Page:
Nicholas Opiyo is probably most known as the lawyer that spearheaded the team that saw the Anti Homosexuality Act struck down by the Constitutional Court in 2014. For that, Opiyo was forced to relinquish his position as General Secretary of the Uganda Law Society.
The previous year, Opiyo had set up Chapter Four, a civil organization dedicated to the protection of civil liberties and promotion of human rights for all in Uganda. Fast forward, Opiyo arguably the most renowned human rights lawyer in Uganda is now being recognized for his tireless work towards the unfair civil situation in the country.
Latest on his list of credit achievements is the Human Rights Watch Alison Des Forges award for Extraordinary Activism.
Through their Facebook page, Chapter Four congratulated their founding Director and said, “The award from the world’s leading human rights organisation, Human Rights Watch, is a great honor to Mr. Opiyo, Chapter Four and the Ugandan human rights community. Past recipients include activists who have stood in the face of persecution and repression in places like Ethiopia, North Korea, Iran, and or Zimbabwe.”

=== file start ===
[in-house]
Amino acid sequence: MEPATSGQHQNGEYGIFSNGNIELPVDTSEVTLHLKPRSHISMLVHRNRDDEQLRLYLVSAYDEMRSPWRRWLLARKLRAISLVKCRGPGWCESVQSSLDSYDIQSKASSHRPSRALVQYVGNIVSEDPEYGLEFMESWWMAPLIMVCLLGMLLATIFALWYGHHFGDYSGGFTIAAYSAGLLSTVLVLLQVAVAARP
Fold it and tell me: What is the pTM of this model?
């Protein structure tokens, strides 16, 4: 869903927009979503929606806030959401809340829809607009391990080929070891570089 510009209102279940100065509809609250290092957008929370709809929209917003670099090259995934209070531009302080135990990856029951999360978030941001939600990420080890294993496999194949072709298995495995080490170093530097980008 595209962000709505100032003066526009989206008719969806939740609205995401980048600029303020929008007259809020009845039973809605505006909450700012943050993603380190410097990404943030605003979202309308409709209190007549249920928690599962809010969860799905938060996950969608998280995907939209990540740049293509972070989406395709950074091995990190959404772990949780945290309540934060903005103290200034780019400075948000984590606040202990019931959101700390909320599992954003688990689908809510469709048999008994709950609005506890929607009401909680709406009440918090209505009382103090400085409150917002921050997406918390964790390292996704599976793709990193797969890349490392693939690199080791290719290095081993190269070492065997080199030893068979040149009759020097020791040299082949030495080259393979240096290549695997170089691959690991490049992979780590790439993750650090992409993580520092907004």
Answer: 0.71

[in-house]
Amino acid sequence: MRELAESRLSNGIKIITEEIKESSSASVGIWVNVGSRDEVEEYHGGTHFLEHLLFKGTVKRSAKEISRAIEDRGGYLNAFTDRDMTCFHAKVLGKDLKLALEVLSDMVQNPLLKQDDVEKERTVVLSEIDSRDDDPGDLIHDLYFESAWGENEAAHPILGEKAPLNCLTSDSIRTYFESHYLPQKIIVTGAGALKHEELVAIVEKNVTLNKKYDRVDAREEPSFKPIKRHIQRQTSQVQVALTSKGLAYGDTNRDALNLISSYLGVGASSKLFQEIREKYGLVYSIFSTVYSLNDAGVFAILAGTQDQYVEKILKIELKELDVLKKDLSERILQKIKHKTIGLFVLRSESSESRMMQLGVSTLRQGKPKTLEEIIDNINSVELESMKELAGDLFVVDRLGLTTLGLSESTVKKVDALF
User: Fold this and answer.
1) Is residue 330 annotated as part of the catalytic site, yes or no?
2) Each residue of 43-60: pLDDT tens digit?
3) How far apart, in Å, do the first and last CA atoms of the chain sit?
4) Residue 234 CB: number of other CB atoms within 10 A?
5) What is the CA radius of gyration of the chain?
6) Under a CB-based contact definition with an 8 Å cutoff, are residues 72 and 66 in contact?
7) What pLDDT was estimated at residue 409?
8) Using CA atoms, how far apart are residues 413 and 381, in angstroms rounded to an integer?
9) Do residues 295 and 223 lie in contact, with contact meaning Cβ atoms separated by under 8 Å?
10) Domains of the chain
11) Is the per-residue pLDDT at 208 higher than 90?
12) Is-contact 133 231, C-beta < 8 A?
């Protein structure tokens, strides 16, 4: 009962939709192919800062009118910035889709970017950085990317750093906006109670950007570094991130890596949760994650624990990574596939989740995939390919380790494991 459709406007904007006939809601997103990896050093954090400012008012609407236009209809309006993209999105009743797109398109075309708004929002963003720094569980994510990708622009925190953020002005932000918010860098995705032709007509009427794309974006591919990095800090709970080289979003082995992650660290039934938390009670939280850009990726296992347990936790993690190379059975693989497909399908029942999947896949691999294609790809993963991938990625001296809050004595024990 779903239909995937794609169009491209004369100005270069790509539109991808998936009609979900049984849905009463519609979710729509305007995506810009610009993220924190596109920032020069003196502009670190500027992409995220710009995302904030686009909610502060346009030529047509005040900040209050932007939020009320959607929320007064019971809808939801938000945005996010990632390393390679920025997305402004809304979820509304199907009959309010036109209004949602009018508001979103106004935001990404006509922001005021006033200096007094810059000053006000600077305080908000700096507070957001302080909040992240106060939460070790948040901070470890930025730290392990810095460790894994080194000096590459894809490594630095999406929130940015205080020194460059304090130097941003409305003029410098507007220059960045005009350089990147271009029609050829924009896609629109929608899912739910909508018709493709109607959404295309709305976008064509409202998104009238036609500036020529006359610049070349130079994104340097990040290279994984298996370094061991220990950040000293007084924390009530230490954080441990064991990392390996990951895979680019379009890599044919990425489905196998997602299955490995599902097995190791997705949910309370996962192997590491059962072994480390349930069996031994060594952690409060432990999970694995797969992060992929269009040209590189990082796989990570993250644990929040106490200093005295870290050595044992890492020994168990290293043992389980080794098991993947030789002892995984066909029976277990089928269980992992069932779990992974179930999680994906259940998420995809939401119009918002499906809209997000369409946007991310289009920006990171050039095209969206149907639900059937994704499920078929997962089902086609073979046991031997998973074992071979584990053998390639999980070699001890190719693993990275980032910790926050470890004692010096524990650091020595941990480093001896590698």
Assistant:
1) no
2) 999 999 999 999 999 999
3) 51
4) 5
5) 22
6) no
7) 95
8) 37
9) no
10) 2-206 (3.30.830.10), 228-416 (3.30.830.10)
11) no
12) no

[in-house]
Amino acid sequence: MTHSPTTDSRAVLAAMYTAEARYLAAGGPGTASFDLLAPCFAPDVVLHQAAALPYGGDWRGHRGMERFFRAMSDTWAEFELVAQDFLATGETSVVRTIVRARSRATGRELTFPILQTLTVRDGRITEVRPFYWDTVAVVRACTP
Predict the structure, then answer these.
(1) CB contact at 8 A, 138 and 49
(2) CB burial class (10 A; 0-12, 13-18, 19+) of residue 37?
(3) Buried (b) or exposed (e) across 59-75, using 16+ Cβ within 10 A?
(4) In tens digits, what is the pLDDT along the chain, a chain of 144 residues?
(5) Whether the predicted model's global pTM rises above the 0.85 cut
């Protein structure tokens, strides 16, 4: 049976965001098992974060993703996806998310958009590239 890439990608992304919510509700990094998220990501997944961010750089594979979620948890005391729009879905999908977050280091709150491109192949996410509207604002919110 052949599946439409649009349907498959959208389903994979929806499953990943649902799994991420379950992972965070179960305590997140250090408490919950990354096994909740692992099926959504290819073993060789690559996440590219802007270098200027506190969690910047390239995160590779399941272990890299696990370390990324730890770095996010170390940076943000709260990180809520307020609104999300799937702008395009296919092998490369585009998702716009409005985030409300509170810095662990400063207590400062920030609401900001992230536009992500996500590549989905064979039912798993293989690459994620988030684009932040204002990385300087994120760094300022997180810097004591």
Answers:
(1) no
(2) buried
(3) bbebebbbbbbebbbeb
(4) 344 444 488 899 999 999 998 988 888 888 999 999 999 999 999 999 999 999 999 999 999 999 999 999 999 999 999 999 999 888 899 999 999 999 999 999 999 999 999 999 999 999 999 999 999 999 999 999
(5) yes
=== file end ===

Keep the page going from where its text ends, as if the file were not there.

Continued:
According to Kenneth Roth, Executive Director of Human Rights Watch the award was given to Opiyo in recognition of hi “unfaltering dedication to upholding the human rights of all Ugandans by challenging discriminatory laws and speaking out for universal human rights principles.
The Lesbian Gay Bisexual Transgender and Intersex (LGBTI) community as a whole applaud Opiyo and his ilk for the tremendous work they do for sexual and gender minorities.
About Chapter Four
Chapter Four Uganda mobilizes domestic, regional and international legal expertise to provide public interest litigation, strategic litigation, legal representation and lawyering as a means to access justice, obtain redress for the abuse of civil liberties and protect human rights.
Chapter Four Uganda employs both proactive and reactive means to achieve its objectives. We provide research, advocacy and outreach services as a means to influence laws, policies and practices; and in cases where laws, policies and practices threaten civil liberties and human rights, challenge them in courts of law.
The organization gives priority to the cases with the greatest impact (far reaching impact), as well as those involving the most vulnerable and marginalized groups.